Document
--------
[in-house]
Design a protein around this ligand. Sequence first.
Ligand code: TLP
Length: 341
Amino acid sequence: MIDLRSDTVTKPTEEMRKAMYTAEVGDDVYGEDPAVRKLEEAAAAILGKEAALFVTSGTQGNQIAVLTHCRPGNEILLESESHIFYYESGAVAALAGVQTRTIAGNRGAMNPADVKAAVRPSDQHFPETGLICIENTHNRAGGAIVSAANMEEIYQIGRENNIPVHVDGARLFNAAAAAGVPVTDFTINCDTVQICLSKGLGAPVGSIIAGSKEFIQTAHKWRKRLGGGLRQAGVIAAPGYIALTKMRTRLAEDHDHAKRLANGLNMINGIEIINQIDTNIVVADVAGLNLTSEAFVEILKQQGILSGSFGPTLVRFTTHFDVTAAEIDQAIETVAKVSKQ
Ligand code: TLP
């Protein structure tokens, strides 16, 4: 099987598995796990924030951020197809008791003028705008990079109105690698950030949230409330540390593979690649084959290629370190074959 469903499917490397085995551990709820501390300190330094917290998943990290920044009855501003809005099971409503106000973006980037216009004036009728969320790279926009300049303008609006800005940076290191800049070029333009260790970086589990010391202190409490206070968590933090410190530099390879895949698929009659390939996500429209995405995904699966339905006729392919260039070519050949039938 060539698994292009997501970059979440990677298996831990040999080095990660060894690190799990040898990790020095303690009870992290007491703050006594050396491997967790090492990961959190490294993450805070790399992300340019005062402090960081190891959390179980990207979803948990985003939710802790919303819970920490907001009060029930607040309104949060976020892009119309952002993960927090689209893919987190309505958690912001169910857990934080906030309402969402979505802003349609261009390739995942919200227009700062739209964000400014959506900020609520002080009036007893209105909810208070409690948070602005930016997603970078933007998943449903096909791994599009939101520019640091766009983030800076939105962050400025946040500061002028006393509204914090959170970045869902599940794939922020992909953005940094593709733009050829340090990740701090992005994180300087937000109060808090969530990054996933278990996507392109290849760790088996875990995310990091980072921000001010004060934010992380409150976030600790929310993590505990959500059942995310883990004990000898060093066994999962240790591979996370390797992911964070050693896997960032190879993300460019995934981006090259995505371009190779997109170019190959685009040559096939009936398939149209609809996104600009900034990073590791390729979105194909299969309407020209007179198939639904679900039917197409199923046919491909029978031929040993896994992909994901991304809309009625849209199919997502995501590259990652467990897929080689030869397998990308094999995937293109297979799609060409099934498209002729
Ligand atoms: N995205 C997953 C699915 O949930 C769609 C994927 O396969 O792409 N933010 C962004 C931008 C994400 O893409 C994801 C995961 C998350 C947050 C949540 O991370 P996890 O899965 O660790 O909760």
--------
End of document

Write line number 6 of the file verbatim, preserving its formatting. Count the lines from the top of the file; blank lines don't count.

Ligand code: TLP